By DEAN EWINGTON*
IT seems that the ‘cost of living’ pressure we hear about every day is something that is concerning many households, and quite rightly so. The increase in essential items such as water, power , petrol is obvious and when combined with increasing government regulation of life and business, this is causing other staples like food to increase in cost at a fast rate. This is putting pressure on all of us to make ends meet and to have a little left over for recreational or social activities or even a holiday.
While the growth in the public service as a whole plays a part in this, it seems obvious to me that the disproportionate growth in health care costs is the single biggest driver of this cost of living increase. If health makes up around 40% of government expenditure and is going up higher than any other government services, we need to ask the question, is this a good thing? Or is it improving outcomes?
It seems that the universal view is that it is! When we have elections, the common priorities are always health and education. While I would fully support increases in education within reason as long as it is not just growth in bureaucrats and paper pushers, I would really like to know what the average person means by “do something about health”! I think we all need to think about what would this health system look like and just as importantly, what would it cost us? Also we need to think about this as a whole not just about our own personal needs or in terms of our current circumstances.
Does that simply mean more money on the same old stuff even if it is going to lead to further cost of living increases as governments try and recoup that cost in higher taxes and a reduction in other services, or no infrastructure projects going ahead which add costs in other ways. The reality is that cost of living pressures and health care cannot be separated and it is high time that we took our heads out of the sand and realised that the utopia of unlimited free healthcare at no cost to society is never going to happen.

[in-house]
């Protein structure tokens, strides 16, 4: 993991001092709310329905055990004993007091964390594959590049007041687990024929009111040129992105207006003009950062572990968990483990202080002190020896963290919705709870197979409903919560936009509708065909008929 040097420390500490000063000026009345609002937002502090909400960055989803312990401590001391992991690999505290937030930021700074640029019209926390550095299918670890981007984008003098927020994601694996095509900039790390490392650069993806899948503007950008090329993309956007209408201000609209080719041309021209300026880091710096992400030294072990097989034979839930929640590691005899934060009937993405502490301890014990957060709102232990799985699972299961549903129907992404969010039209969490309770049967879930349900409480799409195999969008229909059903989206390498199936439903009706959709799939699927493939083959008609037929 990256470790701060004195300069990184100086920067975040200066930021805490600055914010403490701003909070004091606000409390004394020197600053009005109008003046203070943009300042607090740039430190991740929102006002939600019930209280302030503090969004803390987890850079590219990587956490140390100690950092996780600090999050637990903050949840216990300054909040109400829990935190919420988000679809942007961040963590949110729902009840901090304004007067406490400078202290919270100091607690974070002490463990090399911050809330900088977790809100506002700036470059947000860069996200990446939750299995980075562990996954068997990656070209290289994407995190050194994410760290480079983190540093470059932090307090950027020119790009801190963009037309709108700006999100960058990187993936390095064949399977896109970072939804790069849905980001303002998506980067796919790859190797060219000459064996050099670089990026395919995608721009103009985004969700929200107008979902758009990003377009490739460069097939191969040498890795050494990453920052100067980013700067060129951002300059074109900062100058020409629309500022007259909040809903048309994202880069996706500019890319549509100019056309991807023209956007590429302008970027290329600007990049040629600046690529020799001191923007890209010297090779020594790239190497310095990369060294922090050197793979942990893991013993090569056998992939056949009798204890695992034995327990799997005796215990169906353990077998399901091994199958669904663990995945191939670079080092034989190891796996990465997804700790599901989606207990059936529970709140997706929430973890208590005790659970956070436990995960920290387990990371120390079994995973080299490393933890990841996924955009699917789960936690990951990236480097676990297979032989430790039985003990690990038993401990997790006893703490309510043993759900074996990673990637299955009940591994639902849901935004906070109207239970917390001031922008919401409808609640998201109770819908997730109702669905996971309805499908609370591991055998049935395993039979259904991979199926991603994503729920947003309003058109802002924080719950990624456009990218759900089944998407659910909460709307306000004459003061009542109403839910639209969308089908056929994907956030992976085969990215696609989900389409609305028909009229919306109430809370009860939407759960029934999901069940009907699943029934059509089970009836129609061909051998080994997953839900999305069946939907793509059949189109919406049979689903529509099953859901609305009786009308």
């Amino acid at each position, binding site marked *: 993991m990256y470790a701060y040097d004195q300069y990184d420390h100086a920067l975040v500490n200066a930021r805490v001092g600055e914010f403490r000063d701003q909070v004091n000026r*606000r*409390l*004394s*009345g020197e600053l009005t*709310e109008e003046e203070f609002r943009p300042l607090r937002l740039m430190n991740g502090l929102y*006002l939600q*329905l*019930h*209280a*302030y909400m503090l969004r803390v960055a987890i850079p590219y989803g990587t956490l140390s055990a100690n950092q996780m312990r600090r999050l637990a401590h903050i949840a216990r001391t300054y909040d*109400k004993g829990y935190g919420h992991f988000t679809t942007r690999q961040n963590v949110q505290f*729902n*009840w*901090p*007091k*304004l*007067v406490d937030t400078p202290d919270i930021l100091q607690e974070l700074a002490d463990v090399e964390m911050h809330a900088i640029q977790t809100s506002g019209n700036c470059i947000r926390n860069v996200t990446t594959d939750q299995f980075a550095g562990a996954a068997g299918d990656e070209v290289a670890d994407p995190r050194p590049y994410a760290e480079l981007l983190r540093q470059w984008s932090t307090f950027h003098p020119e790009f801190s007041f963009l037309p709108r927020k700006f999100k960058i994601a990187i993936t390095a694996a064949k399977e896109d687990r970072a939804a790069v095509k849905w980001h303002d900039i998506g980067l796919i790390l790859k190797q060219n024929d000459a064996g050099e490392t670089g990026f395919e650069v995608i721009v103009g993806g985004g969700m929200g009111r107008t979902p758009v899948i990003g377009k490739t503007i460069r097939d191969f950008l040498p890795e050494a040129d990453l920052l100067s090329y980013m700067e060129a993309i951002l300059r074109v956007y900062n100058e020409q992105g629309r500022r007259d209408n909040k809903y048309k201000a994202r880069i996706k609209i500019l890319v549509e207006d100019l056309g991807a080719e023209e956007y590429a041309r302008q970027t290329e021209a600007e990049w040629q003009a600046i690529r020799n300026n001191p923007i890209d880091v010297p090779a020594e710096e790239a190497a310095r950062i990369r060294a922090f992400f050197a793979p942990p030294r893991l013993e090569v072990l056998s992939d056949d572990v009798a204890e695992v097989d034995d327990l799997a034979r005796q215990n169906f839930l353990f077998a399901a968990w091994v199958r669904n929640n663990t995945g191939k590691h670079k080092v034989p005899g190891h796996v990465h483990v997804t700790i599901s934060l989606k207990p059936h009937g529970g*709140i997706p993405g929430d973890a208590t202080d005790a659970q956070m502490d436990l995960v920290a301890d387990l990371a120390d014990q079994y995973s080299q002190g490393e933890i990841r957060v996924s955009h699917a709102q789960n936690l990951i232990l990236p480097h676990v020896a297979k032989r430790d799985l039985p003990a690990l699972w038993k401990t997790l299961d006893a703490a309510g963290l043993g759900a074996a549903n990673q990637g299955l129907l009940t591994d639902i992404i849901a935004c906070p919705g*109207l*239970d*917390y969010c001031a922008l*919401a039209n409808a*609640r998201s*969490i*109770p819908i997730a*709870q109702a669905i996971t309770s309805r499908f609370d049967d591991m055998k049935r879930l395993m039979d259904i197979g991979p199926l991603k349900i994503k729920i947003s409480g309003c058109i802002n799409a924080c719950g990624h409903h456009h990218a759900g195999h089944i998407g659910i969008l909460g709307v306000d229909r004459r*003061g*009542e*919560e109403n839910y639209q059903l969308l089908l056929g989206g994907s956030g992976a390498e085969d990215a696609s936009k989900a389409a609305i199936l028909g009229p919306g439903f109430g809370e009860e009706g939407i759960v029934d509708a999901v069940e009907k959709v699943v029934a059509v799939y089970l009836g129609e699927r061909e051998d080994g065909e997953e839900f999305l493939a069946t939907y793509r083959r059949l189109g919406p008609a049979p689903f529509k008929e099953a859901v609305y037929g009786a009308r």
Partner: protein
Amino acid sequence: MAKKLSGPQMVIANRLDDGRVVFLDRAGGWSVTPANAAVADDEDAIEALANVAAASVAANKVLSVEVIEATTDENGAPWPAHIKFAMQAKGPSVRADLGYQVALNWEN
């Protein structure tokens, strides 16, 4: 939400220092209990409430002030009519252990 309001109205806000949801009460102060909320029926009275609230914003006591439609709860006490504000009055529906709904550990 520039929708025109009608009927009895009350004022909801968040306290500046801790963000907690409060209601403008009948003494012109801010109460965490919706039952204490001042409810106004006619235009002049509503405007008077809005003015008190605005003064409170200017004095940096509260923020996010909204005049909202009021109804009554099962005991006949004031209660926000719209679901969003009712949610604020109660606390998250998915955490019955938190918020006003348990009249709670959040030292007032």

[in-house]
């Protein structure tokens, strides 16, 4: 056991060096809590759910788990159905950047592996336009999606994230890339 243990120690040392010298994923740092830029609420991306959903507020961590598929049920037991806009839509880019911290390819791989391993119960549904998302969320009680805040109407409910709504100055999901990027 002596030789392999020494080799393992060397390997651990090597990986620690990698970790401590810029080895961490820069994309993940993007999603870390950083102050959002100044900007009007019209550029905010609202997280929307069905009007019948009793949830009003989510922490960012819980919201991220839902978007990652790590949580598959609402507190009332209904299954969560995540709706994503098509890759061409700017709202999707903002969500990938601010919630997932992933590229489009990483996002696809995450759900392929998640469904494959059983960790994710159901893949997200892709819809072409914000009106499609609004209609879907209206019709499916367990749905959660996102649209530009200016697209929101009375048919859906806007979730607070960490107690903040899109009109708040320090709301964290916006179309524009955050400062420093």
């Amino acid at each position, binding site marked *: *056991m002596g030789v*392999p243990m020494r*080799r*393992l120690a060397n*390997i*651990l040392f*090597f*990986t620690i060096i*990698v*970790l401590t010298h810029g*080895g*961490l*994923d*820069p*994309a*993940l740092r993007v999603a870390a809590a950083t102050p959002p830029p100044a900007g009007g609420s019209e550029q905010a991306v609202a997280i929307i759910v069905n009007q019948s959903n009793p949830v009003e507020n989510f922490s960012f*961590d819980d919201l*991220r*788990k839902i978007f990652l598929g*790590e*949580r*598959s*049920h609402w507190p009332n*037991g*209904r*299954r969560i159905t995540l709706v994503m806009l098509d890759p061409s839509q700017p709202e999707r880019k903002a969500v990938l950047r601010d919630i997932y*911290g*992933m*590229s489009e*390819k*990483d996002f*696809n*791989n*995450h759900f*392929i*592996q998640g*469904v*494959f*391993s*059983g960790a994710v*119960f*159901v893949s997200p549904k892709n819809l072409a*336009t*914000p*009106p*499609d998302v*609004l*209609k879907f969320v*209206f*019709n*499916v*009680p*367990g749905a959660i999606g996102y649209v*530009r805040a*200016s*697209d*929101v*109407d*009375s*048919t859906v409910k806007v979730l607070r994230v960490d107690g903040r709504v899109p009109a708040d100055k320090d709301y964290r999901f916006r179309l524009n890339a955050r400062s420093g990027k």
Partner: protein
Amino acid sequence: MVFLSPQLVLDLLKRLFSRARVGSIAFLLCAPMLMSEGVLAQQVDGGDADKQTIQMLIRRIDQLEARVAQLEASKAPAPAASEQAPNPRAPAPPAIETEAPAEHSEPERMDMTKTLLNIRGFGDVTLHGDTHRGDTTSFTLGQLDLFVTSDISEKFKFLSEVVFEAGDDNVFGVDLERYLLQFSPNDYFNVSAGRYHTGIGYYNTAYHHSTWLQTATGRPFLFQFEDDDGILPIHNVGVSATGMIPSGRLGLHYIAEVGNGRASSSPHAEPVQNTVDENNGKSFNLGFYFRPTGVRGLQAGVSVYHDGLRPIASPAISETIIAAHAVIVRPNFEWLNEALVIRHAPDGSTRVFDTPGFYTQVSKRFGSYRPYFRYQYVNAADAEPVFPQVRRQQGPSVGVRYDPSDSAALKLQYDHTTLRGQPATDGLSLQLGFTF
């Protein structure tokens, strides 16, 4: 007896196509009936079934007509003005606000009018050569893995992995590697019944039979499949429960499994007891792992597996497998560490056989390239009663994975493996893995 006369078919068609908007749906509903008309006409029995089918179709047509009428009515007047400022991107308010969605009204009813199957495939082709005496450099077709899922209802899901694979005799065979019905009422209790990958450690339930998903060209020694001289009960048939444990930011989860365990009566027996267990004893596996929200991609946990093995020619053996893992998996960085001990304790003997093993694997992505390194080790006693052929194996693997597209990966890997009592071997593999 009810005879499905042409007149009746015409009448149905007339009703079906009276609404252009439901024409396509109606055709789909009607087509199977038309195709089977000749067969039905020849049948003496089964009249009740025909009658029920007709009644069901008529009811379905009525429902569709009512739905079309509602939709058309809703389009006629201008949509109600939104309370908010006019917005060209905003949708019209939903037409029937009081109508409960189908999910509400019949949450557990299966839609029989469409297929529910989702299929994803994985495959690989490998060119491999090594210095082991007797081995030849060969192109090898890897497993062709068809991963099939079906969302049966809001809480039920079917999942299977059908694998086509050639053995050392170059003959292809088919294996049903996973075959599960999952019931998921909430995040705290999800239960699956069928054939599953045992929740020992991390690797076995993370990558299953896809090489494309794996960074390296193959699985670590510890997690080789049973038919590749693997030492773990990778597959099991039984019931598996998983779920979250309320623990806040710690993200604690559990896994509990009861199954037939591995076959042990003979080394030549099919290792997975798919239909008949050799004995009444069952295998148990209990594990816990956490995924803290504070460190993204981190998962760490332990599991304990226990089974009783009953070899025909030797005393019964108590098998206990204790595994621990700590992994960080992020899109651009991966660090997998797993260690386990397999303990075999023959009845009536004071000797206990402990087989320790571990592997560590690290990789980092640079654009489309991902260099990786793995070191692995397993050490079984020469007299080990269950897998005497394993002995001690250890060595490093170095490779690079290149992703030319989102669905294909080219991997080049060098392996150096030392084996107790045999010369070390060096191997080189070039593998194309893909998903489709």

When you combine this with an aging population, a generation of young people who have spent far too much time in front a of a screen, food that is high in calories but low in value and then the growth in the medical “business” with new drugs, treatments and procedures, how are we going to pay?
At a political level we are more focused on climate change that may happen and seem unwilling or unable to deal with the financial and social implications of something that is happening right in front of our eyes. If we do not rein in healthcare costs we are going to have nothing left over to pay to protect our environment.
Now I know that some will say that they have paid their taxes for years and it is their right to expect health care, but the bigger issue is if the healthcare we are being provided with is cost effective and delivering results?
We need to start asking ourselves and more importantly debating the tougher questions like: Are we spending too much on people who cause the illness through their own choices and also do we spend too on prolonging life in some situations. I don’t have the answers and I am sure that our attitudes to these issues will change depending on personal circumstances, but the fact is we need to debate the issues openly and as part of the wider debate on what we expect governments to do for us.
Personally I would love to see much less spent on drugs to treat blood pressure and much more spent of things to keep us active and healthy like better parks, gardens, playgrounds and sport fields. Also more allocated to teaching people how to exercise safely and effectively and less on all the treatments that are provide once you get sick.
I don’t think in theory that anyone can disagree with this paradigm shift and we have heard plenty of rhetoric about the need to focus on prevention, but the reality is that nothing has changed and it is unlikely to unless we as a society ask for tat. And to not do so and leave the mess to our kids would not be the right thing to do either. So let’s have the debate before it’s too late!
*Dean Ewington is the president of the Tasmanian regional council of Fitness Australia and managing director of Oceana Health and Fitness.